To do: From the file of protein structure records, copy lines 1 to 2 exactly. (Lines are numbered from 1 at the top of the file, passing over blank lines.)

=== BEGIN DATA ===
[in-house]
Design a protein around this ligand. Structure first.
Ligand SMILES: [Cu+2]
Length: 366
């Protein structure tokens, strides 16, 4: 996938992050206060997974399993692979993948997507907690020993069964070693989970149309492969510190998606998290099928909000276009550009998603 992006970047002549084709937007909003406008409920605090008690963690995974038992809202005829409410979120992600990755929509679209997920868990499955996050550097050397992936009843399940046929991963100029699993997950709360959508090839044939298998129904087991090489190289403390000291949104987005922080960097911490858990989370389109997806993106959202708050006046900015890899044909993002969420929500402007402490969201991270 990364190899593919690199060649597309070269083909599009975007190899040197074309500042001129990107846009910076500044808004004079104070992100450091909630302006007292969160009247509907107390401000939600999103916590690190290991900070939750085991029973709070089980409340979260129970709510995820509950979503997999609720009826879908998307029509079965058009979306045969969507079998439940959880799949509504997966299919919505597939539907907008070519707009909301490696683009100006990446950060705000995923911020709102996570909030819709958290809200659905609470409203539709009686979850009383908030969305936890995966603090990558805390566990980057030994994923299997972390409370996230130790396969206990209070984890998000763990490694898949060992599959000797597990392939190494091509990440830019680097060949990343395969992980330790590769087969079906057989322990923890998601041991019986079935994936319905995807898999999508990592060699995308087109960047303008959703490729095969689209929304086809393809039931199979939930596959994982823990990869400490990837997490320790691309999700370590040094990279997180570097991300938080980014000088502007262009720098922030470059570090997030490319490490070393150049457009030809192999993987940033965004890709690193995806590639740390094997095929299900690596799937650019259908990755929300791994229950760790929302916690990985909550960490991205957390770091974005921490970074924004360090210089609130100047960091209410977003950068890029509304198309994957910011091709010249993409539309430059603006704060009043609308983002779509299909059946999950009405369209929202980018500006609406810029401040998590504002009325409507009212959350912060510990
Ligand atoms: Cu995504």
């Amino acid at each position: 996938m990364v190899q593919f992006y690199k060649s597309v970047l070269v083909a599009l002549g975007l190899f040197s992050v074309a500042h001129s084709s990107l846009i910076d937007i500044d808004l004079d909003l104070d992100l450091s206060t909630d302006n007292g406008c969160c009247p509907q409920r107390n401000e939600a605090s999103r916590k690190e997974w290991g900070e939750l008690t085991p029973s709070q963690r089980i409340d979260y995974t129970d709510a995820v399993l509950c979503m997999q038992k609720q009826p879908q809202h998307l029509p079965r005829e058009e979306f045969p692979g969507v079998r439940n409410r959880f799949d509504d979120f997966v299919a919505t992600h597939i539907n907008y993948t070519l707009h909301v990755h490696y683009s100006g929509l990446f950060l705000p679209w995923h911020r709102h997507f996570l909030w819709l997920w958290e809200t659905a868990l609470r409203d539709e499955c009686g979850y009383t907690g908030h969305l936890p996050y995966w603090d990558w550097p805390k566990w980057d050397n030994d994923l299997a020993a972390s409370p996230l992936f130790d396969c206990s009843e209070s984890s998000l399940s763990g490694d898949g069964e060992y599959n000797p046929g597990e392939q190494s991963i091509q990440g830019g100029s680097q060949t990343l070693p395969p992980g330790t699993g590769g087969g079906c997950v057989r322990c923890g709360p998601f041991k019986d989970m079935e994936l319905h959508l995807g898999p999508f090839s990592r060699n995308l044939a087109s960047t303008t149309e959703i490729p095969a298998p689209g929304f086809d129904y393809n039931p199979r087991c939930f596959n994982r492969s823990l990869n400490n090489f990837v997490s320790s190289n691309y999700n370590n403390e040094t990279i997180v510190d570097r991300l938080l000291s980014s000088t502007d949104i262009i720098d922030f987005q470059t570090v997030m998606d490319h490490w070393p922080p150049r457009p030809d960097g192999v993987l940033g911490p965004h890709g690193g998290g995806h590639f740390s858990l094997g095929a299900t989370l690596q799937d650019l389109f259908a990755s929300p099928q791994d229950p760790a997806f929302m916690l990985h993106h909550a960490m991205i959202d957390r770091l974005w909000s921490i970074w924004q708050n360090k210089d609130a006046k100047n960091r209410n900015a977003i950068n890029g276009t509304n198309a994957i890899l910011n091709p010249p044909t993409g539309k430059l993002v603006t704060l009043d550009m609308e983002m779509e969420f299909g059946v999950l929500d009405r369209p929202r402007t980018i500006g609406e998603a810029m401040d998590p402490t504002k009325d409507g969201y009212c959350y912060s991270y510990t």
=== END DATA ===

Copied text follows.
[in-house]
Design a protein around this ligand. Structure first.